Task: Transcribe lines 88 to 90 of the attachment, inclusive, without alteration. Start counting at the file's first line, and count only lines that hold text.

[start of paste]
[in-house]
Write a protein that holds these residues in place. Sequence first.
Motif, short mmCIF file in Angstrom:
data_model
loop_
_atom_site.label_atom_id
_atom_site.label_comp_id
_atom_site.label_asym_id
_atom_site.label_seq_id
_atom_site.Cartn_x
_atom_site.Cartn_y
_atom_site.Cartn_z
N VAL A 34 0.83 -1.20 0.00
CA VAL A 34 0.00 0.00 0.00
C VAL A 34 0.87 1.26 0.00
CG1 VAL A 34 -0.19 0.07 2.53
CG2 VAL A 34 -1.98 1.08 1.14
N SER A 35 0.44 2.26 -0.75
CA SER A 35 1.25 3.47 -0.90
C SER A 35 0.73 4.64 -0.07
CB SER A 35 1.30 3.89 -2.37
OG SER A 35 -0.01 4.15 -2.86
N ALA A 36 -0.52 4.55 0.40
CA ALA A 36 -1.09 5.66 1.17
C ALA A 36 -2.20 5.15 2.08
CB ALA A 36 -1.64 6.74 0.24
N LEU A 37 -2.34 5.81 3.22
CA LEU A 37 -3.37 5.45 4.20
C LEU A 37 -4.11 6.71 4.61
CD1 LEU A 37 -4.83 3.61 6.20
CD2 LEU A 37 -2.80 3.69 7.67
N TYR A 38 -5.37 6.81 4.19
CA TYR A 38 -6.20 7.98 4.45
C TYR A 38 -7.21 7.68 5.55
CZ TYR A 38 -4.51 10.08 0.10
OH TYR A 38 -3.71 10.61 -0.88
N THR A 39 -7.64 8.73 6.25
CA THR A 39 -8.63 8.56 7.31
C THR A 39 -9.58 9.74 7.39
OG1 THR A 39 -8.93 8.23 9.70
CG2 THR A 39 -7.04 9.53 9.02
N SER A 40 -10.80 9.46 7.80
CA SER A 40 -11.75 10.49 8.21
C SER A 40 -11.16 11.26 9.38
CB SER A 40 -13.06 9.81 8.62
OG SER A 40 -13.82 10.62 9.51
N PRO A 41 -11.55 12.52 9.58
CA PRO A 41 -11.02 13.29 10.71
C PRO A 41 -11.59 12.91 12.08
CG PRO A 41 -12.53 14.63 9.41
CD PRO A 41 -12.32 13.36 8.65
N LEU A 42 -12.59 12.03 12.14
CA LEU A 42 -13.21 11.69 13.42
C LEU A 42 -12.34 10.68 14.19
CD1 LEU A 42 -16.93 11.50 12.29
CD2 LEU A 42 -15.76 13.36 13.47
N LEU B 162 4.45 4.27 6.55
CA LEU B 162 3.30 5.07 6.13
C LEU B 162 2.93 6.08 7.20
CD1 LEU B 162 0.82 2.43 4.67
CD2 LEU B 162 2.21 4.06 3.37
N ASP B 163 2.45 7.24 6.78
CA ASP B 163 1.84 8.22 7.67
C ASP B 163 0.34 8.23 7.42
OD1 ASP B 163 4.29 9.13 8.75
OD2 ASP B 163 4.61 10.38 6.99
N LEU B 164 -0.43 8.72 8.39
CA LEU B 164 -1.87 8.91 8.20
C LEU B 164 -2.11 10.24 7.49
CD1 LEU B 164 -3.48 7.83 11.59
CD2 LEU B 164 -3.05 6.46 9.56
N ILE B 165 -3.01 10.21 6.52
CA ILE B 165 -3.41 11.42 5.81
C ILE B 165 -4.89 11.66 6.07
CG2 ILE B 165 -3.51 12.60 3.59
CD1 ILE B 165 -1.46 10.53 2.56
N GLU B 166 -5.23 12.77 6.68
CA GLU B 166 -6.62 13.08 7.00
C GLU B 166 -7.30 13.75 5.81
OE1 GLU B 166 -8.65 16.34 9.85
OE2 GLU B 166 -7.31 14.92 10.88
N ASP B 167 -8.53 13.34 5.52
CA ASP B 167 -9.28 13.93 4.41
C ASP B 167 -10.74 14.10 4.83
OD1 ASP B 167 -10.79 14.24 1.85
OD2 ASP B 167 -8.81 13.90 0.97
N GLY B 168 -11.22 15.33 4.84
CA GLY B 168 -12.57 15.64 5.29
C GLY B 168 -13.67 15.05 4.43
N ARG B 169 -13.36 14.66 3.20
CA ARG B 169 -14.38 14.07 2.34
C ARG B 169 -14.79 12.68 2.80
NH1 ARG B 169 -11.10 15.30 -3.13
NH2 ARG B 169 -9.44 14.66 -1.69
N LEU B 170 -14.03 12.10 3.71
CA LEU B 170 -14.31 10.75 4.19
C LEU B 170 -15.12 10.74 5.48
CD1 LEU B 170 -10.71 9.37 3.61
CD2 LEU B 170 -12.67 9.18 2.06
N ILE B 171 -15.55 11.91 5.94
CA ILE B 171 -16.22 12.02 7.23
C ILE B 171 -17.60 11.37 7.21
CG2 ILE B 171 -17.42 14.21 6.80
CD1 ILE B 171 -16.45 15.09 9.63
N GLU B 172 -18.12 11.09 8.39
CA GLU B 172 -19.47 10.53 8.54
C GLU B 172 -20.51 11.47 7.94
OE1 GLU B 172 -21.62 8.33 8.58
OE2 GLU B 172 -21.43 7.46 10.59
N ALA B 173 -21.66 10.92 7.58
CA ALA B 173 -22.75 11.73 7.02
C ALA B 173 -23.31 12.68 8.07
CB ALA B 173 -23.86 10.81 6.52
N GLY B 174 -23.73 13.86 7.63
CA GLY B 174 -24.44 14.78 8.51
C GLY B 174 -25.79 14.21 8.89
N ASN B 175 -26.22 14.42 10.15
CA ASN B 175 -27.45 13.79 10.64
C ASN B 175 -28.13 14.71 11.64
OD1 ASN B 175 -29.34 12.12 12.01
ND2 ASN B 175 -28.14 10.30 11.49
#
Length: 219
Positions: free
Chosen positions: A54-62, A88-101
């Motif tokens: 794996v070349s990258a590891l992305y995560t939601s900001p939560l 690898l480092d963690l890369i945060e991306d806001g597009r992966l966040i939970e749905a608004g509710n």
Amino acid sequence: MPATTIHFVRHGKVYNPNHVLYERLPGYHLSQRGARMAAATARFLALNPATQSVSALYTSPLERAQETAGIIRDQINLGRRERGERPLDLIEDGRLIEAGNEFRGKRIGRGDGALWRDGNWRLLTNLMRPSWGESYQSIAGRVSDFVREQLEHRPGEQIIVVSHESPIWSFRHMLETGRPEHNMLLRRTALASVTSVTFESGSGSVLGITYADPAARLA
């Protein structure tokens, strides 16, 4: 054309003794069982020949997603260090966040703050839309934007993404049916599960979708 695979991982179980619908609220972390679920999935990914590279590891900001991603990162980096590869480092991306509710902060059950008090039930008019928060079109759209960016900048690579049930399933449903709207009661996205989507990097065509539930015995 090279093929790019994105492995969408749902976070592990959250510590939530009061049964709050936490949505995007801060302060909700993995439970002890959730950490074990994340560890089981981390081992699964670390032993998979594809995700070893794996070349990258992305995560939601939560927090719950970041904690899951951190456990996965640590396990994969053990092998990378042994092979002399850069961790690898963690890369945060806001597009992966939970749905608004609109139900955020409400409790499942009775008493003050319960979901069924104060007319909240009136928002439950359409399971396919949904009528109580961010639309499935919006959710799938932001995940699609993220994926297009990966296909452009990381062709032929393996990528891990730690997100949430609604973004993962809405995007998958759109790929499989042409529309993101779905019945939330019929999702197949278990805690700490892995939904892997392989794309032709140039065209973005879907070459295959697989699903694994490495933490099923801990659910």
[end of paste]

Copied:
CA GLY B 168 -12.57 15.64 5.29
C GLY B 168 -13.67 15.05 4.43
N ARG B 169 -13.36 14.66 3.20